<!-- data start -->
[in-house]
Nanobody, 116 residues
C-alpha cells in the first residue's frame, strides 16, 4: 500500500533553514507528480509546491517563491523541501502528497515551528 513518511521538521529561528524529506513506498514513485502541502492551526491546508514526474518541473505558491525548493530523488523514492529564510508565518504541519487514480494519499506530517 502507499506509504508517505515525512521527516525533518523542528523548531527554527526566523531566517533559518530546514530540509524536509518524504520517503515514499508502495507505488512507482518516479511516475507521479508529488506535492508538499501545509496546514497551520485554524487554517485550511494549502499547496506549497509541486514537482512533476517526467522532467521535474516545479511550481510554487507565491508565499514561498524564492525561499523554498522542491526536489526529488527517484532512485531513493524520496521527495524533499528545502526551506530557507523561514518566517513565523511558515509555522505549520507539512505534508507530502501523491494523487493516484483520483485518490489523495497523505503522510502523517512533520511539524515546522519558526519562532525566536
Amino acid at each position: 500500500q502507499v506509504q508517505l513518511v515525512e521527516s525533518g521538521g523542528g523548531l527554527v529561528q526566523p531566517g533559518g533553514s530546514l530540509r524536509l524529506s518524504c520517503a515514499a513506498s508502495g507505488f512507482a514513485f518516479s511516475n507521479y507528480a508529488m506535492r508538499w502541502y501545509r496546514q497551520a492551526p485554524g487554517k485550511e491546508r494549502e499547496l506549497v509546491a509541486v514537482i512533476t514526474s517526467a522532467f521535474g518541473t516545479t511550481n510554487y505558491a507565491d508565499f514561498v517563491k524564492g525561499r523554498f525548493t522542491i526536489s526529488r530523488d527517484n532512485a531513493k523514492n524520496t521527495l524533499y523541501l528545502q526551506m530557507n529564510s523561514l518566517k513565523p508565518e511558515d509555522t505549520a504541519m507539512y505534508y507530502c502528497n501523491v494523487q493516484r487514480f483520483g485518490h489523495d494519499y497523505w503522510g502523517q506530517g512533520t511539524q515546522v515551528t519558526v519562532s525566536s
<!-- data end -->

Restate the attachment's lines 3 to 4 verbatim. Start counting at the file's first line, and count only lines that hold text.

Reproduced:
C-alpha cells in the first residue's frame, strides 16, 4: 500500500533553514507528480509546491517563491523541501502528497515551528 513518511521538521529561528524529506513506498514513485502541502492551526491546508514526474518541473505558491525548493530523488523514492529564510508565518504541519487514480494519499506530517 502507499506509504508517505515525512521527516525533518523542528523548531527554527526566523531566517533559518530546514530540509524536509518524504520517503515514499508502495507505488512507482518516479511516475507521479508529488506535492508538499501545509496546514497551520485554524487554517485550511494549502499547496506549497509541486514537482512533476517526467522532467521535474516545479511550481510554487507565491508565499514561498524564492525561499523554498522542491526536489526529488527517484532512485531513493524520496521527495524533499528545502526551506530557507523561514518566517513565523511558515509555522505549520507539512505534508507530502501523491494523487493516484483520483485518490489523495497523505503522510502523517512533520511539524515546522519558526519562532525566536
Amino acid at each position: 500500500q502507499v506509504q508517505l513518511v515525512e521527516s525533518g521538521g523542528g523548531l527554527v529561528q526566523p531566517g533559518g533553514s530546514l530540509r524536509l524529506s518524504c520517503a515514499a513506498s508502495g507505488f512507482a514513485f518516479s511516475n507521479y507528480a508529488m506535492r508538499w502541502y501545509r496546514q497551520a492551526p485554524g487554517k485550511e491546508r494549502e499547496l506549497v509546491a509541486v514537482i512533476t514526474s517526467a522532467f521535474g518541473t516545479t511550481n510554487y505558491a507565491d508565499f514561498v517563491k524564492g525561499r523554498f525548493t522542491i526536489s526529488r530523488d527517484n532512485a531513493k523514492n524520496t521527495l524533499y523541501l528545502q526551506m530557507n529564510s523561514l518566517k513565523p508565518e511558515d509555522t505549520a504541519m507539512y505534508y507530502c502528497n501523491v494523487q493516484r487514480f483520483g485518490h489523495d494519499y497523505w503522510g502523517q506530517g512533520t511539524q515546522v515551528t519558526v519562532s525566536s